Rocketman

The last two of years have been rich for film audiences interested in the lives of rock legends. Rocketman was this year’s stylized biography about Elton John. Helmed by British actor/director Dexter Fletcher and starring Taron Egerton of the Kingsman film series, Rocketman tells John’s life through his songs. Astute film buffs also know that Fletcher was the uncredited, additional director who completed Bohemian Rhapsody through the end of principal photography and post, which will invite obvious comparisons between the two rock biopics.

Shepherding Rocketman through the cut was seasoned film editor, Chris Dickens. With experience cutting comedies, dramas, and musicals, it’s impossible to pin Dickens down to any particular film genre. I had recently interviewed him for Mary Queen of Scots, which was a good place to pick up this conversation about editing Rocketman.

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[OP] Our last conversation was about Mary Queen of Scots. I presume you were in the middle of cutting Rocketman at that time. Those are two very different films, so what brought you to edit Rocketman?

[CD] I made a quick shift onto Rocketman after Mary Queen of Scots. It was a fast production with eight or nine months filming and editing. The project had been in the cards a year before and I had met with Dexter to discuss doing the film. But, it didn’t happen, so I had forgotten about it until it got greenlit. I like musicals and have done one before – Les Miserables. This one was more ambitious creatively. Right from the beginning I liked the treatment of it. Rocketman was a classic kind of musical, but it was different in that the themes were adult and had a strong visual sense. Also the treatment using Elton John’s songs and illustrating his life with those was interesting.

[OP] The director had a connection with both Rocketman and Bohemian Rhapsody. Both films are about rock legends, so audiences may draw an obvious comparison. What’s your feeling about the contrast between these two films?

[CD] Obviously, there are a lot of similarities. Both films are essentially rock biopics about a musical figure. Both Freddie and Elton were gay. So that theme is similar, but that’s where it ends. Bohemian Rhapsody was aimed at a wider audience, i.e. less adult material – sex and drug-taking – things like that. And secondly, it’s about music, but it’s not a musical. It’s always grounded in reality. Characters don’t get up and sing to the camera. It’s about Freddie Mercury and Queen and their music. So the treatment of it is very different. Another fundamental difference is that Elton John is still alive and Freddie Mercury is not, so that was right at the film’s core. From the start you know that, so it has a different kind of power.

[OP] Whenever a film deals with popular music – especially when the rights-owners are still alive and active – the treatment and use of that music can be a sticking point. Were Elton John or Bernie Taupin actively involved in the production of Rocketman?

[CD] Yes, they were. Bernie less so – mainly Elton. He didn’t come in the edit room that much, but his husband, David Furnish, was a bit more involved. Elton is not someone who goes out in public that much, except to perform. He’s such a massive star. But, he did watch cuts of the film and had notes – not at every stage – but, David Furnish was the conduit between us and him. Naturally, Elton sanctioned all of the music tracks that were used. But the film was not made by them, i.e. we were making the film and they were giving us notes.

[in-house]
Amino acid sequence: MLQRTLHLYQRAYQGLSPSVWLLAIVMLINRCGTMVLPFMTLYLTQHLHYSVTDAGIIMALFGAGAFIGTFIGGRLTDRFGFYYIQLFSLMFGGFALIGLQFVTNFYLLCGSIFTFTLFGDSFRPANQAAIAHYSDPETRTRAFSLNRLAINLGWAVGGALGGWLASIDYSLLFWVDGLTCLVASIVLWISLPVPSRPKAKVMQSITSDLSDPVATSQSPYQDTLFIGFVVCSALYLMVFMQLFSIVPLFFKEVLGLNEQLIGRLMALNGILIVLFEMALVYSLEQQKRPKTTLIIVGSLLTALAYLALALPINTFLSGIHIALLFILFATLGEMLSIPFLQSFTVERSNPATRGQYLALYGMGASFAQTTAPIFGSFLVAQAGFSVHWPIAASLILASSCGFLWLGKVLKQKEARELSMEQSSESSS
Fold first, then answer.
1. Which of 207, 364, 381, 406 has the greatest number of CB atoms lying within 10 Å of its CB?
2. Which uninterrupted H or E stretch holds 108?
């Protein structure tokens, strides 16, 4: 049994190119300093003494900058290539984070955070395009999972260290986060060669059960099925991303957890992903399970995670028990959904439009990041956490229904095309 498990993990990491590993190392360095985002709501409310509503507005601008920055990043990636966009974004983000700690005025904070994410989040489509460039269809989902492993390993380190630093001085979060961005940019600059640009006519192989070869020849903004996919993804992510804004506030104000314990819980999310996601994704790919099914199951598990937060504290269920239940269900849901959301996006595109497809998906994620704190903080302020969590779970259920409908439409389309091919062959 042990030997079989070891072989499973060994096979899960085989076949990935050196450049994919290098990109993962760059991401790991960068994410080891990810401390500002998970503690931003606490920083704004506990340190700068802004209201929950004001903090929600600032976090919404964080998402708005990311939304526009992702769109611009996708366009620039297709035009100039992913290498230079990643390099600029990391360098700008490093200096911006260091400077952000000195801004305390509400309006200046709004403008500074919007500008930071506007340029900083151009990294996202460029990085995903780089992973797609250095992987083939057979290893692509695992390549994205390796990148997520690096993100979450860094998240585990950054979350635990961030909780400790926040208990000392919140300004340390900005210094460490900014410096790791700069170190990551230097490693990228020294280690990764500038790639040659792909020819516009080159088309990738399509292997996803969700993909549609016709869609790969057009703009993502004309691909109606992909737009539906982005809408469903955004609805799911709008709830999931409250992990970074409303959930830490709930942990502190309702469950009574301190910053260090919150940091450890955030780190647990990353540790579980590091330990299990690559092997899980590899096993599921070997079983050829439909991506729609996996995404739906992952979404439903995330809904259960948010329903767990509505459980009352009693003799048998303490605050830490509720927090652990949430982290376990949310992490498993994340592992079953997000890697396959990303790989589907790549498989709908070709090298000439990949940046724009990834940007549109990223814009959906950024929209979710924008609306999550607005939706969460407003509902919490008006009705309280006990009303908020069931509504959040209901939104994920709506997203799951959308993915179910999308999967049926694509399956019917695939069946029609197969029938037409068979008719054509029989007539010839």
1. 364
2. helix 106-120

[OP] How were the tracks handled? Was the music remixed from the original studio masters with Taron lip-syncing to Elton’s voice – or was it different?

[CD] The music was radically changed in some cases from the original – the arrangements, the scoring. The music was completely re-recorded and sung by Taron, the actor playing Elton. We evolved the choices made at the beginning during the edit. So alongside of the picture edit was a music edit and a music mix going on constantly. In some cases Taron was singing on-set and we used that for about a quarter of the tracks. These were going in and out of scenes that had natural dialogue. Taron would start singing and we would play the track underneath. Then at that point perhaps, he would start lip-syncing, so it was a combination. On some tracks he was completely lip-syncing to what he had recorded before. This set the tempo for those scenes, but the arrangements evolved during the edit.

Even when he was lip-syncing, it was to his own voice. The whole idea was that the singing would not be Elton, except at the end where we have a track with both singing in the credits roll. So it’s a key thing that these were new recordings. Giles Martin, son of the legendary George Martin, was the music producer who took care of everything and put up with our constant changes. We had a team of two music editors who worked alongside us and a score as well, written by Matt Margeson, which we were rolling into the film in places. It was a real team process of building the film slowly.

[OP] Please expand on the structure of a film musical and what it takes to edit one.

[CD] The editing process was challenging, because of the complex structure. It was fundamentally a musical, with fifteen or sixteen tracks – meaning songs or music numbers – that were initially planned to be shot. Some of these were choreographed song-and-dance sequences. Combined with that was a sort of kitchen sink drama about Elton’s life, his childhood, his teenage years, and then into manhood. And then becoming a superstar. The script has the songs and then long sequences of more classic storytelling. What I found – slowly, as we were putting the film together, even during the shoot – was that we needed to unify those two things within the edit.

For instance, the first song number in the movie is “The Bitch is Back.” It’s a dance sequence with Elton as a boy walking down the street while people are singing and dancing around him. Then his adult self is chasing him around. It’s a very stylized sequence, which then went into about an eight minute sequence of storytelling about his childhood. We needed to give the film the same tone all the way through, i.e. that slightly fantastical feel of a musical. We screened it a few times for some of the core people and it became clear that we wanted to go with the fantastical elements of the film, not the more down-to-earth, realistic elements. Obviously, you could have made the choice to cut back on the music, but that seemed counter-intuitive. So we had to make some deep cuts in the sections between the musical pieces to get the story to flow and have that same kind of tone.